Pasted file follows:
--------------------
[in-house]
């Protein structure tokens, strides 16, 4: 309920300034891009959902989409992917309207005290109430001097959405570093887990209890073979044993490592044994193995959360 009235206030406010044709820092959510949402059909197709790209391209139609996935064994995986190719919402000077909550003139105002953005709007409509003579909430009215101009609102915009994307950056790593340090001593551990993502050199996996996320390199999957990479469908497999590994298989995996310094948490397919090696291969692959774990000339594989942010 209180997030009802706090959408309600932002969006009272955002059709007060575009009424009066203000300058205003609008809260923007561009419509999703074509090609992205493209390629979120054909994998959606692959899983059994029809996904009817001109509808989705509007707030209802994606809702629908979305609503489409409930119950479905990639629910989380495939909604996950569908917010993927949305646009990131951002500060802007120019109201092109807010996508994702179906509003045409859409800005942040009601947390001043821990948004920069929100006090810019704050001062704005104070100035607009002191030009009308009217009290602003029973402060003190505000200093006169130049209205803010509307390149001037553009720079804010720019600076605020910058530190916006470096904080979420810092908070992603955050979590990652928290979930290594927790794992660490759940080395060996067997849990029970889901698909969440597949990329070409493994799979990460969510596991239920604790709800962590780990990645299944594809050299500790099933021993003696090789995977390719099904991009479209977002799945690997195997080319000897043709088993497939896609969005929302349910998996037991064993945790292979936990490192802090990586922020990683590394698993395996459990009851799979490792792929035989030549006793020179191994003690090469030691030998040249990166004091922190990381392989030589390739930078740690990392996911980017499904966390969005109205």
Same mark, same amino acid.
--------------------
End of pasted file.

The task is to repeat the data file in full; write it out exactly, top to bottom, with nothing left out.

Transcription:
[in-house]
């Protein structure tokens, strides 16, 4: 309920300034891009959902989409992917309207005290109430001097959405570093887990209890073979044993490592044994193995959360 009235206030406010044709820092959510949402059909197709790209391209139609996935064994995986190719919402000077909550003139105002953005709007409509003579909430009215101009609102915009994307950056790593340090001593551990993502050199996996996320390199999957990479469908497999590994298989995996310094948490397919090696291969692959774990000339594989942010 209180997030009802706090959408309600932002969006009272955002059709007060575009009424009066203000300058205003609008809260923007561009419509999703074509090609992205493209390629979120054909994998959606692959899983059994029809996904009817001109509808989705509007707030209802994606809702629908979305609503489409409930119950479905990639629910989380495939909604996950569908917010993927949305646009990131951002500060802007120019109201092109807010996508994702179906509003045409859409800005942040009601947390001043821990948004920069929100006090810019704050001062704005104070100035607009002191030009009308009217009290602003029973402060003190505000200093006169130049209205803010509307390149001037553009720079804010720019600076605020910058530190916006470096904080979420810092908070992603955050979590990652928290979930290594927790794992660490759940080395060996067997849990029970889901698909969440597949990329070409493994799979990460969510596991239920604790709800962590780990990645299944594809050299500790099933021993003696090789995977390719099904991009479209977002799945690997195997080319000897043709088993497939896609969005929302349910998996037991064993945790292979936990490192802090990586922020990683590394698993395996459990009851799979490792792929035989030549006793020179191994003690090469030691030998040249990166004091922190990381392989030589390739930078740690990392996911980017499904966390969005109205």
Same mark, same amino acid.